Consider half life during drug detoxification

A young man on my sobriety-based detox program (only after showing positive for opiates) admitted to heroin-usage, but hedged the matter saying it was “5 days ago.” His implicit presumption was that an isolated episode, days ago — compared to continuous, more recent, heroin-usage — would lessen the likelihood of his getting kicked off the program.

Is his story of “no heroin [ingestion] in the last five days,” likely, the whole truth? The half-life of heroin, itself, is only a few minutes; however, it metabolizes directly into similarly narcotic morphine, whose half-life is a matter of a few hours.

Do patients understand the concept of “half-life”? I explained (in a simpler fashion than the terms imply) the inverse exponential nature of the decay curve, i.e. that if morphine’s half-life is (to be very generous with him) six hours, then the “quarter life” is 12 hours; only 1/8 remains after 18 hours, and only 1/16 after one full day. After five full days, there would be 1/16*1/16*1/16*1/16*1/16, or around one one-millionth (!) of the original heroin-equivalent left, way beyond the sensitivity of qualitative drug-testing. In this young healthy man, morphine’s half-life more likely is only three hours, thus after five days, only one millionth of that one millionth, i.e. 1/1000000000000 remains.

Consider half life during drug detoxification
Most of my narcotic addicts have adequate and pragmatic math skills, in so far as knowing how to get enough money to feed a drug habit, but explaining a decay curve might be fruitless. I tried flipping the concept around and that seemed more understandable: asking how often, when fully addicted, he would have to take heroin. “Four or five times per day” was the answer. “Why four or five times per day?” I asked. “Because after a few hours, withdrawal-symptoms kick in.”

“Well, there’s your half-life! If heroin lasted four days and could be hanging around as morphine days later, you wouldn’t need to be taking it every few hours, you would take every few days”, I responded. And the point was made.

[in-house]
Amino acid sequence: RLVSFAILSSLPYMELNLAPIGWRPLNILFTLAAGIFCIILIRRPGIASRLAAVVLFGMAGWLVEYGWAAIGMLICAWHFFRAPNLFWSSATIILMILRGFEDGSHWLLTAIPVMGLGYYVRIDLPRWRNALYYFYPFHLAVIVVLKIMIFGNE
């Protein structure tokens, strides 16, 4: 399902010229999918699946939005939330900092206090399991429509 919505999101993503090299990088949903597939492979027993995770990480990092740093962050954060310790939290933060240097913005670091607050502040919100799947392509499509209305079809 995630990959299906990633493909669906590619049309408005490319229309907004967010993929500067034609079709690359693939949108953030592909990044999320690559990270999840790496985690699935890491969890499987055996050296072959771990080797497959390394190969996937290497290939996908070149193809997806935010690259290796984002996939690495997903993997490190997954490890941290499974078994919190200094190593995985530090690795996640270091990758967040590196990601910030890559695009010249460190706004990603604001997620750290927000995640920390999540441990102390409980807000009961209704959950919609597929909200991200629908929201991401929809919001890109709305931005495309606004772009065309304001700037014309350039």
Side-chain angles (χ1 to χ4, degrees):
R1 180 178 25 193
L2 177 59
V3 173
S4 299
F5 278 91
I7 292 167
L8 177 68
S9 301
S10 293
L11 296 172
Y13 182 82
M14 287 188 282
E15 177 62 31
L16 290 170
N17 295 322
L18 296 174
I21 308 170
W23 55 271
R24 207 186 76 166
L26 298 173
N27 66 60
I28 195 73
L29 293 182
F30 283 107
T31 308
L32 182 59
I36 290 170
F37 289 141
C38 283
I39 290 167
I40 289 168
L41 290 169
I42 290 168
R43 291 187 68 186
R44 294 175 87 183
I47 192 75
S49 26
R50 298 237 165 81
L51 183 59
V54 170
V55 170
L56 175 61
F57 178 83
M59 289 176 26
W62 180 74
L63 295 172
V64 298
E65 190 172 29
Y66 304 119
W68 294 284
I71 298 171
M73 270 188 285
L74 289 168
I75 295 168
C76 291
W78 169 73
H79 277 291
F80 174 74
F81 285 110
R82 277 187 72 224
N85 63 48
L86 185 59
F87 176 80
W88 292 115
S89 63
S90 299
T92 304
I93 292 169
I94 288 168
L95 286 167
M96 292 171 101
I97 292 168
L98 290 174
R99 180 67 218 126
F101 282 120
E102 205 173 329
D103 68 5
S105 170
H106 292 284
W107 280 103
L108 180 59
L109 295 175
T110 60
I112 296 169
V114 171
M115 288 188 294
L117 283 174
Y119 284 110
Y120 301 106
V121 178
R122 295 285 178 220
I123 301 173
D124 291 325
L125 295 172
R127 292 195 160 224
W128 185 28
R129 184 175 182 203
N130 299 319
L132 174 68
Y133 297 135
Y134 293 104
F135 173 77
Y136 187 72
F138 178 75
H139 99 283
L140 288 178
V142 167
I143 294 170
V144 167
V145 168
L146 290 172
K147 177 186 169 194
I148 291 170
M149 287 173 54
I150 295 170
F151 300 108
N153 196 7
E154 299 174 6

The same goes for marijuana, THC, albeit on a slower decay curve basis. My addicts (in a self-serving manner) always tell me that they “know” that marijuana hangs around for a month and will show positive for a month. They have that information on word-of-mouth. Certainly, on the outside, with high body fat content and high marijuana-usage level, marijuana (with a half-life of approximately 30 hours) will stay around longer; however, in actuality ~80% of my patients have it out of their system, according to qualitative testing, within about 5-7 days of beginning our sobriety program. Closer scrutiny and questioning almost always reveals that those with persistent positive testing of marijuana have had a few “lapses” using marijuana in the interim.

These are important points to emphasize during a detoxification, to stay on top of some of the ready-made excuses that narcotic addicts are very used to bringing up to avoid and evade closer scrutiny and full sobriety; often obtaining replacement-narcotic while indulging, still, in the “drug-life.” If a treatment professional is going to indulge these excuses, do so with eyes wide open, but invite even more testing of boundaries.

Randall S. Bock is a primary care physician who blogs at Withdraw to Freedom.

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